Artificial Intelligence in Functional Urology: How It may Shape the Future

Imad Bentellis; Sonia Guérin; Zine-Eddine Khene; Rose Khavari; Benoit Peyronnet

Disclosures

Curr Opin Urol. 2021;31(4):385-390. 

In This Article

Artificial Intelligence Applications for Basic Research in Functional Urology

Radiomics refers to a group of emerging technologies that generate image-driven biomarkers that reflect cellular and molecular properties of tissues.[7,8] These radiomic features can be associated with AI because of its better ability of handling a massive amount of data compared with the traditional statistical methods. As of now, there is very little data concerning functional urology. In a series of 40 adult spina bifida patients, Khene et al.[8] used texture analysis of the bladder wall on computed tomography (CT) and investigated its relationship with poor bladder compliance (PBC) and detrusor overactivity (DO) on urodynamics. A Lasso penalized regression identified texture parameters significantly associated with the urodynamic findings: skewness for PBC and kurtosis for DO. Delving into the association between texture parameters and specific urodynamic features may help to decipher the underlying mechanisms of some neurogenic lower urinary tract dysfunction.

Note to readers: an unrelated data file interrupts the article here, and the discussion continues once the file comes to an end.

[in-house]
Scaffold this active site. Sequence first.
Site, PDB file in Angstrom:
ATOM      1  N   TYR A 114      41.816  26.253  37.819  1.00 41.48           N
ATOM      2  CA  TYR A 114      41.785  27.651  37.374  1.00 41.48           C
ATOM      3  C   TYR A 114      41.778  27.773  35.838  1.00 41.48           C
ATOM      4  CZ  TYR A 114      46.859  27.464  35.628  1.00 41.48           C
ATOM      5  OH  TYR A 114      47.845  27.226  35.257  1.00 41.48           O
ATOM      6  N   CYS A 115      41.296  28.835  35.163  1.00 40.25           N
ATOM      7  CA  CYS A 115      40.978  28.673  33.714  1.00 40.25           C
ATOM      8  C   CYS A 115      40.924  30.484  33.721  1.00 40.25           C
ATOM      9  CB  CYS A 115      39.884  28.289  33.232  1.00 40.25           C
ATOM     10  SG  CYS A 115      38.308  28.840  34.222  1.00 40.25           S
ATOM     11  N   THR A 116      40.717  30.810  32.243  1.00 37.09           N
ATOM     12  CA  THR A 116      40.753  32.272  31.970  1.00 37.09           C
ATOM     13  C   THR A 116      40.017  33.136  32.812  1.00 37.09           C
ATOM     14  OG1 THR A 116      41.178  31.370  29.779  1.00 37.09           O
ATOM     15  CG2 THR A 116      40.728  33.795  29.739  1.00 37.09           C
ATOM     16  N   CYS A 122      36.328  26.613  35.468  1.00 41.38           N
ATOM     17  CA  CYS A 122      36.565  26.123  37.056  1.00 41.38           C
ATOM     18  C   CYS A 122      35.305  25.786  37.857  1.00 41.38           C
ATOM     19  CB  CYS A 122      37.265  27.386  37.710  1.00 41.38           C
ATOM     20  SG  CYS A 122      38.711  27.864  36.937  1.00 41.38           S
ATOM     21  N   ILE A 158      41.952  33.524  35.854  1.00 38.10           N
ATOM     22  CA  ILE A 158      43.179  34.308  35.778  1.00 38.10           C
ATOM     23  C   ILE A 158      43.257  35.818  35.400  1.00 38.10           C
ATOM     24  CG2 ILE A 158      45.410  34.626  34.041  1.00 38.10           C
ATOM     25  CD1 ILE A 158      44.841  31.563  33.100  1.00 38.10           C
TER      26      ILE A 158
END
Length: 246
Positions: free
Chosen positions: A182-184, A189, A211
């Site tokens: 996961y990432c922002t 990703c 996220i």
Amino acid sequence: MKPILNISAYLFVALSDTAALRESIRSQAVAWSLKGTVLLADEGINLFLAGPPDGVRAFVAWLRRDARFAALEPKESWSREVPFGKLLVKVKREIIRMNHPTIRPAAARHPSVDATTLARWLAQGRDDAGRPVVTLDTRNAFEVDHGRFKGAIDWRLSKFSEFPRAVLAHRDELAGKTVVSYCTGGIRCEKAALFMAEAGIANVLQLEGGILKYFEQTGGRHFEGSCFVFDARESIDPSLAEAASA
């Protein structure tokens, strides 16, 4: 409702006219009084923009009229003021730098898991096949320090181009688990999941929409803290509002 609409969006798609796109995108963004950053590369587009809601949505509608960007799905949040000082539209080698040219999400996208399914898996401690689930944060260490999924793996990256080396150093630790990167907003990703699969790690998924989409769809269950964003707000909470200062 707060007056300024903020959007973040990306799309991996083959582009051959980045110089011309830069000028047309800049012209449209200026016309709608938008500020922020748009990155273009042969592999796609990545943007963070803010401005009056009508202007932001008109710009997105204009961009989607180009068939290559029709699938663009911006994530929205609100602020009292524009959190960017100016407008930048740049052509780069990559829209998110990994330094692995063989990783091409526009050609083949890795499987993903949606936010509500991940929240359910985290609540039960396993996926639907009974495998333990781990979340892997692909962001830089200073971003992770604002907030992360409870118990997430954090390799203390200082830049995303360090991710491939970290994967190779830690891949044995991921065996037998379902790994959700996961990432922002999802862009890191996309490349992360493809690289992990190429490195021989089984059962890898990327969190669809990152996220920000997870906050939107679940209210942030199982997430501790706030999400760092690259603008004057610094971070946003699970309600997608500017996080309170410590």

The emergence of functional brain imaging in the early 2000s has revolutionized the understanding of the lower urinary tract neural control.[9] With imaging progresses over the past two decades, the amount of data drawn from functional magnetic resonance imaging (fMRI) has exploded. Functional connectivity analysis can reveal the complex interactions between different brain regions during storage and voiding. ML algorithms can be used to overcome the limitations of 'standard' imaging analysis by processing all connectivity information directly in the training and classification approach. In a recent study, Karmonik et al.[10] used fMRI evaluations in multiple sclerosis (MS) patients to identify brain regions linked to voiding dysfunction (VD). Four ML approaches were used to assess the relative functional connectivity strengths in various brain areas: random forests (RF), artificial neural networks (ANN), Generalized linear model, and partial least squares model (PLS). The best one (PLS) allowed to obtain the area under the ROC curve of 0.89 in the identification of the Voiding Initiation Network of these patients, followed by the RF model with 0.86. This finding is particularly interesting because it is known that voiding pattern of MS patients and structural MRI findings are not correlated.[11] This machine-learning approach used in functional MRI may thus open a new pathway to phenotype patients and help to tailor the therapeutic approach (e.g. using cortical stimulation techniques in those with demonstrated dysfunction of the voiding initiation network)

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